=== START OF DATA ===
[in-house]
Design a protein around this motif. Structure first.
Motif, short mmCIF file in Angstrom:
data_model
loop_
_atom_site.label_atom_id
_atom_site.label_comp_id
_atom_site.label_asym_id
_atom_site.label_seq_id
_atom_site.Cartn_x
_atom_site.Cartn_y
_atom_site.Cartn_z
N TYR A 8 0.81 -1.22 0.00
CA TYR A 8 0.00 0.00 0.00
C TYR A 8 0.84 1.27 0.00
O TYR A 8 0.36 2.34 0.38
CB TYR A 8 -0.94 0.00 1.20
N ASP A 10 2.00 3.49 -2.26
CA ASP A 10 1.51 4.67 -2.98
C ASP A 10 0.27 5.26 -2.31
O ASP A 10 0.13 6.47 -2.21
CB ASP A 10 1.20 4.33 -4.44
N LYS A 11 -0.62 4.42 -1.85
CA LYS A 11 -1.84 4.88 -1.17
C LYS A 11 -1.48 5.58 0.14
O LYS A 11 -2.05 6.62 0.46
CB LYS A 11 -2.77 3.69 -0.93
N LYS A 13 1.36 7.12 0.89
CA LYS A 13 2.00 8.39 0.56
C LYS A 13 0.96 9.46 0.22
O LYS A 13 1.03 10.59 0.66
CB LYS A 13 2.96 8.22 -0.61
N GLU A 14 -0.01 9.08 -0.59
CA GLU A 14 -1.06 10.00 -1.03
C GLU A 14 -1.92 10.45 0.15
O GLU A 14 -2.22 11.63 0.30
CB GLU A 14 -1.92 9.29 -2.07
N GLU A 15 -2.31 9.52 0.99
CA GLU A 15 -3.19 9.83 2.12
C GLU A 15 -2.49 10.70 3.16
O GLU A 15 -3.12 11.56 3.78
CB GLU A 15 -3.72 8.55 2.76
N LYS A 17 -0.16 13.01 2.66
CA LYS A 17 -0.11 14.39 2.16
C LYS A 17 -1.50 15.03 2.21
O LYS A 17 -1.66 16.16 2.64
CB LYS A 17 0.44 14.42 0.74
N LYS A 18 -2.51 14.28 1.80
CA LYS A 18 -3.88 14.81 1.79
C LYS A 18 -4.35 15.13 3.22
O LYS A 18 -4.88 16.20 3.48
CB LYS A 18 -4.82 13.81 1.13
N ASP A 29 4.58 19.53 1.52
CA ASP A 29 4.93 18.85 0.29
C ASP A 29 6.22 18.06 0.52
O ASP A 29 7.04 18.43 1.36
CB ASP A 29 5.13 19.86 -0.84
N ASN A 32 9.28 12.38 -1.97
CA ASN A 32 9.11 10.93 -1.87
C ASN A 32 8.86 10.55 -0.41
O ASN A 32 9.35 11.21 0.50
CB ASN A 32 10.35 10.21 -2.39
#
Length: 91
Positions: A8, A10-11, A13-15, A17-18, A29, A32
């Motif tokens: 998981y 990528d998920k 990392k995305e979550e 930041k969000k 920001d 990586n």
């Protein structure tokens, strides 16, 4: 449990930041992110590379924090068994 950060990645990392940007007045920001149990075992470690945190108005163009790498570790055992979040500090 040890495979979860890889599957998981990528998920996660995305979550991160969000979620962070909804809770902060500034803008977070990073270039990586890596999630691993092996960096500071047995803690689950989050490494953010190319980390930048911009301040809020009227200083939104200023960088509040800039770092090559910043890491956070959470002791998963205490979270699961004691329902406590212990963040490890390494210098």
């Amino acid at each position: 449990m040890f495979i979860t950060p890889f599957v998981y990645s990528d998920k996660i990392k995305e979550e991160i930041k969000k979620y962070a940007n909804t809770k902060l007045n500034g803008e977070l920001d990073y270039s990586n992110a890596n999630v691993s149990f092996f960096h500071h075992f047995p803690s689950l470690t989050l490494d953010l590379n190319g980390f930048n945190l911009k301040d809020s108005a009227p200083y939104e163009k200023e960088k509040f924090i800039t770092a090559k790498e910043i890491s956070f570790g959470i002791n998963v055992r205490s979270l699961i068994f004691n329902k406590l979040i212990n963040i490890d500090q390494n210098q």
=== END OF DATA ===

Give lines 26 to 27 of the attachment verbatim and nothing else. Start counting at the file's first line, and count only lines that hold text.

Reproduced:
O LYS A 11 -2.05 6.62 0.46
CB LYS A 11 -2.77 3.69 -0.93